2 SHOPS
.@611 E University
. 615 E. Liberty

.i

AMERICAN INTERNATIONALpr~ews
EDGAR ALLAN POE'S
MASTERPIECE OF THE MACABRE
THE SQUE
-- OF TH E
RED DEATH{
a nP='ECOL.OR,
....VINCENT PRICE
A WQVELY SORTEATH
ames H.Sicholson Samuel Muff .PSYIIEDEUC
P PETER FONDA
SUSANERECOMMENDED FOR
STRASB RG E MATURE AUDIENCES
written by JACK NICHOLSON
also starring DENNIS HOPPER, BRUCE DERN
LATE SHOW FRI. and SAT.
not continuous with "Finzi-Continis"

OPEN 12:45
SHOWS AT
1 p.m., 4:30, 8 p.m.
Mon.-Sat. $1.50 until 4:30
Mon.-Thurs. eve. $2.00
Fri. and Sat. eve. $2.50
Al Day Sunday $2.50
603 E. Liberty

NEIL DIAMOND
plus ALBERT BROOKS
APRIL 9th-8:30 P.M
TICKETS: $3.50, $4.50, $5.50
Still available at: Ypsilanti-McKenny Union,
Ann Arbor--Ann Arbor Music Mart

..DIAL 665-6290

. ....-

I [L=

116

rI

CI

ROGER CORMAN FESTIVAL

4 Ln,] iJ1} C

Doors Open-i
Show Starts-
Doors Close-i

1 :00
1:15
1:30

THEATRE COMPANY OF ANN ARBOR, INC.
presents
ERSKINE CALDWELL'S
TOBACCO ROAD
an original adaptation of the novel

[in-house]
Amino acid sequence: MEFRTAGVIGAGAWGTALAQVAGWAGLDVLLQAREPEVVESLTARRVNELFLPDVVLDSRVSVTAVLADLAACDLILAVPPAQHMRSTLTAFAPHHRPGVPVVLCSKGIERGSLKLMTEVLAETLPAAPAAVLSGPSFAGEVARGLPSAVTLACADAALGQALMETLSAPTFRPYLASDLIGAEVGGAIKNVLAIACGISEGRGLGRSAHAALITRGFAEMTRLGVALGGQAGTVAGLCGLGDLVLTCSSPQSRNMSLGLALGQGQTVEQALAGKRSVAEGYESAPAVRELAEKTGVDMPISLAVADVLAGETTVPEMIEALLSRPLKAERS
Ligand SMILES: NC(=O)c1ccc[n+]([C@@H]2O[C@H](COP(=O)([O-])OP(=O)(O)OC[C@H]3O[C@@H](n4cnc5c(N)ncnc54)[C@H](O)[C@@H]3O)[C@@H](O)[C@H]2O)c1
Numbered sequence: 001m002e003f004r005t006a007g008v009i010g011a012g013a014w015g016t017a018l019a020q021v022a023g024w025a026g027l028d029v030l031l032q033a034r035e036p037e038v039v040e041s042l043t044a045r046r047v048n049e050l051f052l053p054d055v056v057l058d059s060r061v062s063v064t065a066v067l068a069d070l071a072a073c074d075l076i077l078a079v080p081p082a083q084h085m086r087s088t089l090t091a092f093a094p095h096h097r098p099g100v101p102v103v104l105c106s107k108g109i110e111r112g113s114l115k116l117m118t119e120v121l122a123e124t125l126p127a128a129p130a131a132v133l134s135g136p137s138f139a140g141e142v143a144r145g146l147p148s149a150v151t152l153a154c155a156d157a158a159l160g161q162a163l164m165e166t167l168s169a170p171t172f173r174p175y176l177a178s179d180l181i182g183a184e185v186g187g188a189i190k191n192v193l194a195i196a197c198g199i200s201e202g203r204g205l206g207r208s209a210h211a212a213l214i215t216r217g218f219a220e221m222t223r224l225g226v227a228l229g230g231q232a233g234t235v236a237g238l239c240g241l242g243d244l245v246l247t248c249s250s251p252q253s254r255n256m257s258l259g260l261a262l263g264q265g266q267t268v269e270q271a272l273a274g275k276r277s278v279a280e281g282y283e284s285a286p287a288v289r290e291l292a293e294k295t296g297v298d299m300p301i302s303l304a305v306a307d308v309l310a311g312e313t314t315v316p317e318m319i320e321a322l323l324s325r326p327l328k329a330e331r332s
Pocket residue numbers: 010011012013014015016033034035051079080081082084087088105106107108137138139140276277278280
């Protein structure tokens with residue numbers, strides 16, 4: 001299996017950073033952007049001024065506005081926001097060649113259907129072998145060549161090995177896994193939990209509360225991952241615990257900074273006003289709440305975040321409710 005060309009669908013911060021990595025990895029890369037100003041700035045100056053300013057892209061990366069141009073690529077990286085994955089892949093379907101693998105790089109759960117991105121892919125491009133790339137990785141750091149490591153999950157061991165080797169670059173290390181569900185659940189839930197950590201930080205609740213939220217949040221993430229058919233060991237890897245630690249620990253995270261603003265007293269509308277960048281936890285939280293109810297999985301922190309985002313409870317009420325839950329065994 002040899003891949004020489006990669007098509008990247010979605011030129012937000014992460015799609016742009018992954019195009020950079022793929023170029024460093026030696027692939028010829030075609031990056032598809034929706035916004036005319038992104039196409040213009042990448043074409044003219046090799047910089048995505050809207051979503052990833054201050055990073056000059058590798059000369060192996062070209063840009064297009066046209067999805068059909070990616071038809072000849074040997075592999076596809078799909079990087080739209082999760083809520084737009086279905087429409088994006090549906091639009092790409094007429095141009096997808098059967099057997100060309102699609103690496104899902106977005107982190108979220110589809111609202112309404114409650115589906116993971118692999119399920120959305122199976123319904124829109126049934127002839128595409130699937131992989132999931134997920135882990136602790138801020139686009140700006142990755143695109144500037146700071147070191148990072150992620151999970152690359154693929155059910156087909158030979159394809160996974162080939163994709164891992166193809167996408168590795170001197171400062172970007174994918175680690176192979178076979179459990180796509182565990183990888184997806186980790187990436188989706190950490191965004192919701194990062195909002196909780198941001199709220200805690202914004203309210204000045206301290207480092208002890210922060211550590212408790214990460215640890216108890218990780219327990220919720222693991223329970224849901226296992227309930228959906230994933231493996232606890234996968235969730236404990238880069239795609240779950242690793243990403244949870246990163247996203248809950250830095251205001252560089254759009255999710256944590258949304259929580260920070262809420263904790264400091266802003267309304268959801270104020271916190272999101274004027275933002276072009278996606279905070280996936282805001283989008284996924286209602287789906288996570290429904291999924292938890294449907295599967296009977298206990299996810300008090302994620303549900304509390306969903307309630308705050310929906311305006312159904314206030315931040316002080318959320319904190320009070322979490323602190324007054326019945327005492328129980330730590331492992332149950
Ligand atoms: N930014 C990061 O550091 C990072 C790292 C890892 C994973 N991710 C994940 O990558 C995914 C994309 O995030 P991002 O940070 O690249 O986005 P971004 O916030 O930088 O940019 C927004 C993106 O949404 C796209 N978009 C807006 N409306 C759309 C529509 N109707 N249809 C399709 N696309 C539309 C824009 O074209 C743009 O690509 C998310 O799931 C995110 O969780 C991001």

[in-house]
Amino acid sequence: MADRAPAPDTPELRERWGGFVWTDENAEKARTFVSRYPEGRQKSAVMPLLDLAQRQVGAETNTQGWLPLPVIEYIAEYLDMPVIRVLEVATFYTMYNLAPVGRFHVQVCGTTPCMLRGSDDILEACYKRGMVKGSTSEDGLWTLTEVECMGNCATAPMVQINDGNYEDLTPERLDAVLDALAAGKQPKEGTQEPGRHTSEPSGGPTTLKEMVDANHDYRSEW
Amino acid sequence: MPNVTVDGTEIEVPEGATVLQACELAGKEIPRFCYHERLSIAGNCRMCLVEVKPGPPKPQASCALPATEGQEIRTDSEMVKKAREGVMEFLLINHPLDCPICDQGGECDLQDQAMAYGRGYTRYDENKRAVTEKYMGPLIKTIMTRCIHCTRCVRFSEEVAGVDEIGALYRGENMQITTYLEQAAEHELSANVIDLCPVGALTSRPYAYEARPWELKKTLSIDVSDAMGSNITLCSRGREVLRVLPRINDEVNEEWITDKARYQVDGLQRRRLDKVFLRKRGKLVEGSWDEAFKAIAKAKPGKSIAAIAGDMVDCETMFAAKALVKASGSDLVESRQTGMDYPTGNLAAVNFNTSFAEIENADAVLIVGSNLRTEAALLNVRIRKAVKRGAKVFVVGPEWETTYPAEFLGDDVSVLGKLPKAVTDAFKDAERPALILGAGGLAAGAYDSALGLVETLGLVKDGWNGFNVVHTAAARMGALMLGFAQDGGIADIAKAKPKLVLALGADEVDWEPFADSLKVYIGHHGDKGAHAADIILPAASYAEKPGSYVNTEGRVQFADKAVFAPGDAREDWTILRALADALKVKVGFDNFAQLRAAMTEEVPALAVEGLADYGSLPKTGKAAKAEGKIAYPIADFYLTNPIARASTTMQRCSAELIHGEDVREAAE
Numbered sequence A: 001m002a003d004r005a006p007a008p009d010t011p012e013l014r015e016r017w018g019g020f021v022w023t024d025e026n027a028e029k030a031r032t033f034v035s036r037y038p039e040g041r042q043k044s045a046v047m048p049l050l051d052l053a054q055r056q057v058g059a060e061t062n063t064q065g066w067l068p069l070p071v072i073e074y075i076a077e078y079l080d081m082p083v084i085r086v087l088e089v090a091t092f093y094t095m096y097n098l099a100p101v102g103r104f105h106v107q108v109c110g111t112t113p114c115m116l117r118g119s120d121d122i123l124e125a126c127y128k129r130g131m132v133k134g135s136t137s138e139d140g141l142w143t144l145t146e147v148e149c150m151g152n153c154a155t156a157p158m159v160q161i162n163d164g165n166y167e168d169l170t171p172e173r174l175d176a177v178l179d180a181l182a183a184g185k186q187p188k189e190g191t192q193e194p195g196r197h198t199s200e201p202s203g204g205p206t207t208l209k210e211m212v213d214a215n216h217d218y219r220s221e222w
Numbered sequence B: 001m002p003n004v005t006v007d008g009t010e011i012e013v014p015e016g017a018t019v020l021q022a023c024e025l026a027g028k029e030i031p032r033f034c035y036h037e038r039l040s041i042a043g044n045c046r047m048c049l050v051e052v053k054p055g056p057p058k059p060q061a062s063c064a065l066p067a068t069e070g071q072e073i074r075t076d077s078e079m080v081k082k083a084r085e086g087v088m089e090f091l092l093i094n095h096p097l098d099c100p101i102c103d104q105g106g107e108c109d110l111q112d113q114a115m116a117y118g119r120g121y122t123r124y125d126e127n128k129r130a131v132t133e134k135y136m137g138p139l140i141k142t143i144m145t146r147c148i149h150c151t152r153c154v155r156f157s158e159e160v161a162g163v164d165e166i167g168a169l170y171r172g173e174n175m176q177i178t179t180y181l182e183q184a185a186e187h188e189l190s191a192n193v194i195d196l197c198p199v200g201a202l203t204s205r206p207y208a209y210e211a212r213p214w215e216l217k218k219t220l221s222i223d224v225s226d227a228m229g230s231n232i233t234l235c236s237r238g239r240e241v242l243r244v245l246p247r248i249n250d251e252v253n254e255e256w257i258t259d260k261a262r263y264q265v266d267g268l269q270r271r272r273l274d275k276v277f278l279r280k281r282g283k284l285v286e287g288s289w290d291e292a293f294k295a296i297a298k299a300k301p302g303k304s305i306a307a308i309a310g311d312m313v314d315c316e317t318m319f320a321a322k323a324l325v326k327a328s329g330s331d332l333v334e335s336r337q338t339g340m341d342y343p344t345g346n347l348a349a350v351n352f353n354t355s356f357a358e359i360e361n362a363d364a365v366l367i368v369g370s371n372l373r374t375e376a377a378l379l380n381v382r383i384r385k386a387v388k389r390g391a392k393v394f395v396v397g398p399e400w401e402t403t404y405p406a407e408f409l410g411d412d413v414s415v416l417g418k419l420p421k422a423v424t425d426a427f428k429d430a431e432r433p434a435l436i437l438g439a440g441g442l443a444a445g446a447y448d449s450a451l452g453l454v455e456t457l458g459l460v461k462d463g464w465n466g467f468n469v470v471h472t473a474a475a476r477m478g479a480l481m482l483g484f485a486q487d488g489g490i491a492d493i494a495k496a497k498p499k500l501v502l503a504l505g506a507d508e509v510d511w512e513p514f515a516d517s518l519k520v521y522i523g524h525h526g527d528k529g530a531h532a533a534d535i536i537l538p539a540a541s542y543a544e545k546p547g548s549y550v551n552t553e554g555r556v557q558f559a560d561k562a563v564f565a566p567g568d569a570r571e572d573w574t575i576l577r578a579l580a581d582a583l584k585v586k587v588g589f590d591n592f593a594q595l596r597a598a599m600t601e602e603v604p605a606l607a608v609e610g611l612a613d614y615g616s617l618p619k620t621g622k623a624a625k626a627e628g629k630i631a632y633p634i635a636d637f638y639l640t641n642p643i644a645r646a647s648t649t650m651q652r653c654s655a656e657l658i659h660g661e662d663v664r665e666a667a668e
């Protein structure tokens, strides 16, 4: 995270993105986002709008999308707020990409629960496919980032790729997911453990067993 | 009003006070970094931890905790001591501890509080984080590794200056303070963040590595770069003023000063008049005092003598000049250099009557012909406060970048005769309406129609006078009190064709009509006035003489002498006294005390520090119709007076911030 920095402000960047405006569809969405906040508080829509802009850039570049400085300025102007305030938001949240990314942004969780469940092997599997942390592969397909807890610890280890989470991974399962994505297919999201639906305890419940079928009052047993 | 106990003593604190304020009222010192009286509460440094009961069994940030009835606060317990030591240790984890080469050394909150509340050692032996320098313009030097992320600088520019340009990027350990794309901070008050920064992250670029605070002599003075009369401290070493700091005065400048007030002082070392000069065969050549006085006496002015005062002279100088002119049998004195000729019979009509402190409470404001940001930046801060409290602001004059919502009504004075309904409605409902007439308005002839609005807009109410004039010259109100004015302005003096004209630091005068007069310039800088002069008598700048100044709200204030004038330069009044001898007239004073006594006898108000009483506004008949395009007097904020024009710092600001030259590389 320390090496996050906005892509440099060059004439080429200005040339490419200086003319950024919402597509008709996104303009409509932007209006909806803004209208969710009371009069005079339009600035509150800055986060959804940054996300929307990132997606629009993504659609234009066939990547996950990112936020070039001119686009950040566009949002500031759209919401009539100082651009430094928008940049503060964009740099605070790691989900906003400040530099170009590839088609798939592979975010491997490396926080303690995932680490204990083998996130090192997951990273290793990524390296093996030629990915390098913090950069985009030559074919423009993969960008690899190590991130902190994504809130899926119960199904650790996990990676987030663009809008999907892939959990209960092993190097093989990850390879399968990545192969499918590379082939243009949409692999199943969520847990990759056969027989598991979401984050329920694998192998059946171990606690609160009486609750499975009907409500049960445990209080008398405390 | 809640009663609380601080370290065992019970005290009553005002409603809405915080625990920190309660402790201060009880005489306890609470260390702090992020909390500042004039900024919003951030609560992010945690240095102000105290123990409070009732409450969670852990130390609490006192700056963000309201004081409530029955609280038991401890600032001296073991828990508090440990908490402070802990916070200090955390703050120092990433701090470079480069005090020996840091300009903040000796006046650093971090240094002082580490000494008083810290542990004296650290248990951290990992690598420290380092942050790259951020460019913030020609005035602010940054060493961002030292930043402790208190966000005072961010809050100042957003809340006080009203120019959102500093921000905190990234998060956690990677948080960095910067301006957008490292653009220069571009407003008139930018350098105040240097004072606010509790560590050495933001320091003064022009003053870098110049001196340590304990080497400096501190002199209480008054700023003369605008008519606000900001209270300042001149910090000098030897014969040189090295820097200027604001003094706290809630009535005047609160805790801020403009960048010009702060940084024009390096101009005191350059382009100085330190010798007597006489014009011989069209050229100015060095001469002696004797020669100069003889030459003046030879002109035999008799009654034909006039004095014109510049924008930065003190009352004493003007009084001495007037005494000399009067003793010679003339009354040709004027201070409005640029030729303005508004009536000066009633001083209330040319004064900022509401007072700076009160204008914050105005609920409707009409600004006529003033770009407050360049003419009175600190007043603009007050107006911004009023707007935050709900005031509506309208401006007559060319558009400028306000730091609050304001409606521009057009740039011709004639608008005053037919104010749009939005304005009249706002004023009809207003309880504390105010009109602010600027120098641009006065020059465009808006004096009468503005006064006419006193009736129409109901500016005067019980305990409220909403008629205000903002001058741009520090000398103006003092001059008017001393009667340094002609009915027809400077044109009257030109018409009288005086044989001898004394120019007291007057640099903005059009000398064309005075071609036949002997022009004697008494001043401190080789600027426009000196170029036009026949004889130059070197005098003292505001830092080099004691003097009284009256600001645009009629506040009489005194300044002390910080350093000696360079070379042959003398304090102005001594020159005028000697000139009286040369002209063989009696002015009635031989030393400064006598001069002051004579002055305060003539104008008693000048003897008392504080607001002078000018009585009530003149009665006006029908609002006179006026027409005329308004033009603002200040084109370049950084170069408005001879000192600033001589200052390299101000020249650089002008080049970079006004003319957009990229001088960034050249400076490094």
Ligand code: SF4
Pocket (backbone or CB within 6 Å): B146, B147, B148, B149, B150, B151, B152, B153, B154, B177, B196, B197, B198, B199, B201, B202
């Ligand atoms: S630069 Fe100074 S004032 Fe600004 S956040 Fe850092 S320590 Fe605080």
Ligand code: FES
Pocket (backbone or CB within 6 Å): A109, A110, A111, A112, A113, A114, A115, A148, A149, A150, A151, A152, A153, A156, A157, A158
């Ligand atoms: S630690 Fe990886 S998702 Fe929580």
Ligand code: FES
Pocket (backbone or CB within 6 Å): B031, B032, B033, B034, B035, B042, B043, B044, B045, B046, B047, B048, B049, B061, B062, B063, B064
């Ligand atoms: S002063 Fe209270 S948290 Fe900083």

CONSPIRACY COFFEEHOUSE-THEATRE
(330 Maynard St.)
APRIL 13, 14, 16, 8 p.m. APRIL 15, 7 & 10 p.m.
TICKETS $1.50--available at the door and from Centicore
-Ann Arbor; Ned's-Ypsi
WELCOME TO THE
CHINESE PING PONG TEAM
The International Friendly Table Tennis Match
CHINA and U.S.
will be held at COBO ARENA
8:00 P.M.-Friday, April 14
The Friendly Exhibition Match at U of M
will be held at CRISLER ARENA
1:30 P.M.-2:30 P.M.-Saturday, April 15
TICKETS ON SALE AT ATHLETIC DEPARTMENT, STATE
AND HOOVER, BEGINNING WED., APRIL 5
Sponsored by: The U.S. Committee on
U.S.-China Relations

I

THURSDAY and FRIDAY
THE LADY
EVE
Dir. PRESTON STURGES, 1941
BARBARA STANWYCK
is an insolent adventuress
who fights off other drag-
ons. Those of you who
know him, know that
Sturges can make a great
movie. This one is guar-
anteed.
ARCHITECTURE
AUDITORIUM

4

"The best comedy
of the year
and the
DIAL h.. mmm~
OPEN blovest
12:45
SHOWSow -NEWSWEEK MAGAZINE
AT
1 P.M.
3 P.M.
5 P.M. M T T
'7 P.M.
9 P.M.

TH
FRI
Ma,
TUE
6:4,
SA
& V
AT
1 :1'
6:1'
8:4!

BEST PICTURE
OF THEYAR!
-National Board of Revs w
URS.,
ES. AT
G5 &9:05
T., SUN.,
VED.
5-3:45-
Colu~ba Pkkom Pwew,3a PlabxoyPxjd I
Roman Planskfs
MACBETH

7 & 9 P.M.

75c

ReneeTavlor-Joseph Bologna
Made For Each Other
-STARTS THURSDAY, APRIL 13th-

SPECIAL NOTE!
Change of schedule!
We regret that due to a distri-
butor's oversight we are unable
to show George Cukor's "The
Women."

U

I

I

THE
- pI
A B'OA PicTURES
A BBS PROOUCTION

"A MASTERPIECE!"
-PAUL D. ZIMMERMAN, Newsweek